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Funding to make low-income housing safer and healthier

WASHINGTON, DC – January 14, 2011 – (RealEstateRama) — The U.S. Dept. of Housing and Urban Development today awarded nearly $127 million in grants to 48 local projects to conduct a wide range of activities intended to protect children and families from potentially dangerous lead-based paint and other home health and safety hazards (see chart below).

The grant funding announced today will clean up lead and other health hazards in more than 11,000 homes, train workers in lead safety methods, and increase public awareness about childhood lead poisoning.  Lead is a known toxin that can impair children’s development and have effects lasting into adulthood.  Other materials in the home can trigger allergic responses and asthma.

“Protecting the health, and indeed the futures, of our children is a top priority for HUD. We cannot allow children to be poisoned in their own homes,” said HUD Secretary Shaun Donovan.  “These grants will help communities around the nation to protect families from lead exposure and other significant health and safety hazards.”

HUD Deputy Secretary Ron Sims added: “With these grant awards, HUD makes it clear that providing healthy and safe homes for families and children is a priority.  It’s simple: you can’t be healthy if your home is sick.  There are far too many ‘sick homes’ in our communities, and these funds will target the worst of those homes.  HUD is committed to protecting children from these hazards, as part of the Department’s effort to help make the nation’s housing healthy and sustainable.”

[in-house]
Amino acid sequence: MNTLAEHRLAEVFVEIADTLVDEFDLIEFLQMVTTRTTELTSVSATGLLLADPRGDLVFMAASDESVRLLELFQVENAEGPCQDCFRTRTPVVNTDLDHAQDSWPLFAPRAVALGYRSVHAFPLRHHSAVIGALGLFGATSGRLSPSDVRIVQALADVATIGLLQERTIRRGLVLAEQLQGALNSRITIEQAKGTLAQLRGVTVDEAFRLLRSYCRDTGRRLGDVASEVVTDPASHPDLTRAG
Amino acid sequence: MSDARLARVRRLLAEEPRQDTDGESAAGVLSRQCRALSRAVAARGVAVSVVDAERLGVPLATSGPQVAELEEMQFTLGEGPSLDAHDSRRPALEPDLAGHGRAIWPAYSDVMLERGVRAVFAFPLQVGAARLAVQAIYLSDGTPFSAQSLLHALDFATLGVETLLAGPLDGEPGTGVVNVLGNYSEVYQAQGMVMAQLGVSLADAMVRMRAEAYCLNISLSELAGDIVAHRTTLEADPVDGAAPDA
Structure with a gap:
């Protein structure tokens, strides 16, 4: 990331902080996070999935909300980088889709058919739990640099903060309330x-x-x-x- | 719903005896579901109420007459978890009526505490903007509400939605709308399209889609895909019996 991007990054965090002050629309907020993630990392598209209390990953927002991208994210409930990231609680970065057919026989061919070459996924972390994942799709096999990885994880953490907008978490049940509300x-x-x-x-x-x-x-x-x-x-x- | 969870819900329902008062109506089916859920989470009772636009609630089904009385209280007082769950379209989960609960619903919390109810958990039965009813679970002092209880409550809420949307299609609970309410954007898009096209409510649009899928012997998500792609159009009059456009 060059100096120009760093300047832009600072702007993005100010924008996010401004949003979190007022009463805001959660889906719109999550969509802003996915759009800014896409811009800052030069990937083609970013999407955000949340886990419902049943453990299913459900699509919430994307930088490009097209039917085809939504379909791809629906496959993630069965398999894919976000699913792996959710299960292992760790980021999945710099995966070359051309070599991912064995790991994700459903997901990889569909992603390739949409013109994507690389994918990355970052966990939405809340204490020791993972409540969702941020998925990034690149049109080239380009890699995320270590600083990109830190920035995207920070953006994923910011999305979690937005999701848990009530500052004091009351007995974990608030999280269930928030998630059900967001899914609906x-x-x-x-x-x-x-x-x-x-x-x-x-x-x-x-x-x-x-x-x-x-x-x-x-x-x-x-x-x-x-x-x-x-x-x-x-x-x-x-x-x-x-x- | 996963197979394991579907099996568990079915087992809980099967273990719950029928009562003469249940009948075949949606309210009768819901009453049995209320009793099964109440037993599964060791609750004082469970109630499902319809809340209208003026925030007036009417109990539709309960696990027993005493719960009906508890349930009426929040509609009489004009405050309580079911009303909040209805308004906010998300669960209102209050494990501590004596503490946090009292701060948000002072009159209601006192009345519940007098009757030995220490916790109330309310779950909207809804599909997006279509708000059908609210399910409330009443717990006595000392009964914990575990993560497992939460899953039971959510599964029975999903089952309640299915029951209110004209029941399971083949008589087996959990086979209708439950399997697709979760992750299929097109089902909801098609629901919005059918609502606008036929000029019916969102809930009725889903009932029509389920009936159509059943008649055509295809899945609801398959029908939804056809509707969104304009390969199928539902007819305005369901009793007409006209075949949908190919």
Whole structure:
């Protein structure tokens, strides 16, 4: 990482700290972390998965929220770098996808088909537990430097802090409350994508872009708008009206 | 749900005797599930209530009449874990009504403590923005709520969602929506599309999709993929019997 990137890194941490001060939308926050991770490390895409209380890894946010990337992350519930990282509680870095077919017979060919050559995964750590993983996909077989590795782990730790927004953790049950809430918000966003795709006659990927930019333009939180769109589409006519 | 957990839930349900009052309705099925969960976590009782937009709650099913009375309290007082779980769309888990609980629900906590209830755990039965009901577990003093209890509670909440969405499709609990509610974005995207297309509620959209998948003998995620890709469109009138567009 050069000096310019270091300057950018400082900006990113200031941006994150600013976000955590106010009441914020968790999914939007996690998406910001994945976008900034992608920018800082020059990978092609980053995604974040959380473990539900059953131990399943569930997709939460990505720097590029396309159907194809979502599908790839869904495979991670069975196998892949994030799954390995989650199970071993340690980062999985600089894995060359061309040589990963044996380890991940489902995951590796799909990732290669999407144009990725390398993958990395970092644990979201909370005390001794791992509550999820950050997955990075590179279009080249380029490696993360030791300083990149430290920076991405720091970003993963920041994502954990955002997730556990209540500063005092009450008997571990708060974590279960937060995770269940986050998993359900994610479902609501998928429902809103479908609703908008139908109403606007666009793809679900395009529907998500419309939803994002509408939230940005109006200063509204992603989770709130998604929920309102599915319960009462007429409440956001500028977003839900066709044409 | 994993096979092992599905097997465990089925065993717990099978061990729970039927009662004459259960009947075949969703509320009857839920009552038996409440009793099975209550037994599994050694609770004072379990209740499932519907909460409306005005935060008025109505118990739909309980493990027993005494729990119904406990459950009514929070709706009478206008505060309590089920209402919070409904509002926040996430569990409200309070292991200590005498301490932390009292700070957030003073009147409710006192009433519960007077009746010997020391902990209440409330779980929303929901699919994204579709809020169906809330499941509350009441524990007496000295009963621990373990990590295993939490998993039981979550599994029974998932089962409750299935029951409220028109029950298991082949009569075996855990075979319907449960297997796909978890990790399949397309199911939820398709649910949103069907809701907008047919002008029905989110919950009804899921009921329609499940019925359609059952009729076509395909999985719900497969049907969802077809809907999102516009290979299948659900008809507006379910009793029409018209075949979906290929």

The following is a breakdown of the funding announced today:

Grant Program

Funding Awarded

Lead-Based Paint Hazard Control Grant Program


“Healthy Homes Initiative” funding


Lead Hazard Reduction Demonstration Grant Program


Healthy Homes Production Grant Program



TOTAL    $126,900,000

Through these grant programs, HUD’s Office of Healthy Homes and Lead Hazard Control promotes local efforts to eliminate dangerous lead hazards from lower income homes; stimulates private sector investment in lead hazard control; and educates the public about the dangers of lead-based paint.  A complete project-by-project summary of the programs awarded grants today can be found on HUD’s website .

Healthy Homes and Lead Hazard Control Grant Programs

Even though lead-based paint was banned for residential use in 1978, HUD estimates that approximately 24 million homes still have significant lead-based paint hazards today.  Lead-contaminated dust is the primary cause of lead exposure and can lead to a variety of health problems in young children, including reduced IQ, learning disabilities, developmental delays, reduced height, and impaired hearing.  At higher levels, lead can damage a child’s kidneys and central nervous system and cause anemia, coma, convulsions and even death.